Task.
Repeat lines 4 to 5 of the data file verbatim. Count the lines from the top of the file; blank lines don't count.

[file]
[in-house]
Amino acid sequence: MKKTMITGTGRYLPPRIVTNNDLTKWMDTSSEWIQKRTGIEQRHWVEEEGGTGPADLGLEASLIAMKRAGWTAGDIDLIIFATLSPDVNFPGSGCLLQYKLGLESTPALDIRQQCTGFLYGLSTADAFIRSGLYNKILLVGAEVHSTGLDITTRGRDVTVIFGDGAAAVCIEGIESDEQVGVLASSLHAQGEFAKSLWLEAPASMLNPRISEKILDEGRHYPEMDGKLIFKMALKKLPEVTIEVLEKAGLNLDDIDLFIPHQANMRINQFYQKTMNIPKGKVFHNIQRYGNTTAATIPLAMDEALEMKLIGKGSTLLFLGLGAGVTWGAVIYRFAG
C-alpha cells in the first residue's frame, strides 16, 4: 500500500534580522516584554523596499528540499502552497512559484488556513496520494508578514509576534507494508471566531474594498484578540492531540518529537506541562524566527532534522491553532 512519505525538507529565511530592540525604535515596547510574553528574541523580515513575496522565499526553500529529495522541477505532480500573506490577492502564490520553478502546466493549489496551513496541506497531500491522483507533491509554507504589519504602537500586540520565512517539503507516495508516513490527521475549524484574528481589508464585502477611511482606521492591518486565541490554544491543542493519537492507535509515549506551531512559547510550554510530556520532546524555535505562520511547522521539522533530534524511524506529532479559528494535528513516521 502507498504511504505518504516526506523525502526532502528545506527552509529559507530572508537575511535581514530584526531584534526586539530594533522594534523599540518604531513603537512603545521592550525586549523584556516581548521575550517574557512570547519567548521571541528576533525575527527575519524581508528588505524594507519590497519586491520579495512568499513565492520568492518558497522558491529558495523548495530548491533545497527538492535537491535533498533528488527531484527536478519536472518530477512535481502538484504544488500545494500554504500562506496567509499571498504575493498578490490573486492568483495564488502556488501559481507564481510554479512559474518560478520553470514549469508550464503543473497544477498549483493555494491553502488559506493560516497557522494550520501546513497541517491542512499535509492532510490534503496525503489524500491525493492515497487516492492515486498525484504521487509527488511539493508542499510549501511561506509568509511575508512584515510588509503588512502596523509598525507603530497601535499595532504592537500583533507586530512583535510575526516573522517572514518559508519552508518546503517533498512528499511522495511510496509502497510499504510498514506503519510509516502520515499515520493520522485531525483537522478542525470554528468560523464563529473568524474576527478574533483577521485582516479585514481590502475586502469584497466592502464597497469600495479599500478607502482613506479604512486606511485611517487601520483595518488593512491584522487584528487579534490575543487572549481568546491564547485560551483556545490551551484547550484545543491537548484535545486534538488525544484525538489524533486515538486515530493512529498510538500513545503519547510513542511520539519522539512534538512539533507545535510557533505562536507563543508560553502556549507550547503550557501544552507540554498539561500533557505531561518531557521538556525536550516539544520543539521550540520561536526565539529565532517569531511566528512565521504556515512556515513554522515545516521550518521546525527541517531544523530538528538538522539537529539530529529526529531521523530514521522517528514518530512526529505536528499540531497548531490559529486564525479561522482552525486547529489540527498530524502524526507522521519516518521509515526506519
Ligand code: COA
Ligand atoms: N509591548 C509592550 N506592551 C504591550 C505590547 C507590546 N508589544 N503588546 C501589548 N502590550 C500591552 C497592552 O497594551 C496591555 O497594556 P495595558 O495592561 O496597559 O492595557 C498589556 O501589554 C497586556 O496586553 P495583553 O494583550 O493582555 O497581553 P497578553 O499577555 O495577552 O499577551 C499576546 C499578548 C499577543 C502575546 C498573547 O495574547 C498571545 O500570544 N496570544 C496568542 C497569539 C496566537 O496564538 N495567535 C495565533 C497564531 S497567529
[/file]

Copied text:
Ligand code: COA
Ligand atoms: N509591548 C509592550 N506592551 C504591550 C505590547 C507590546 N508589544 N503588546 C501589548 N502590550 C500591552 C497592552 O497594551 C496591555 O497594556 P495595558 O495592561 O496597559 O492595557 C498589556 O501589554 C497586556 O496586553 P495583553 O494583550 O493582555 O497581553 P497578553 O499577555 O495577552 O499577551 C499576546 C499578548 C499577543 C502575546 C498573547 O495574547 C498571545 O500570544 N496570544 C496568542 C497569539 C496566537 O496564538 N495567535 C495565533 C497564531 S497567529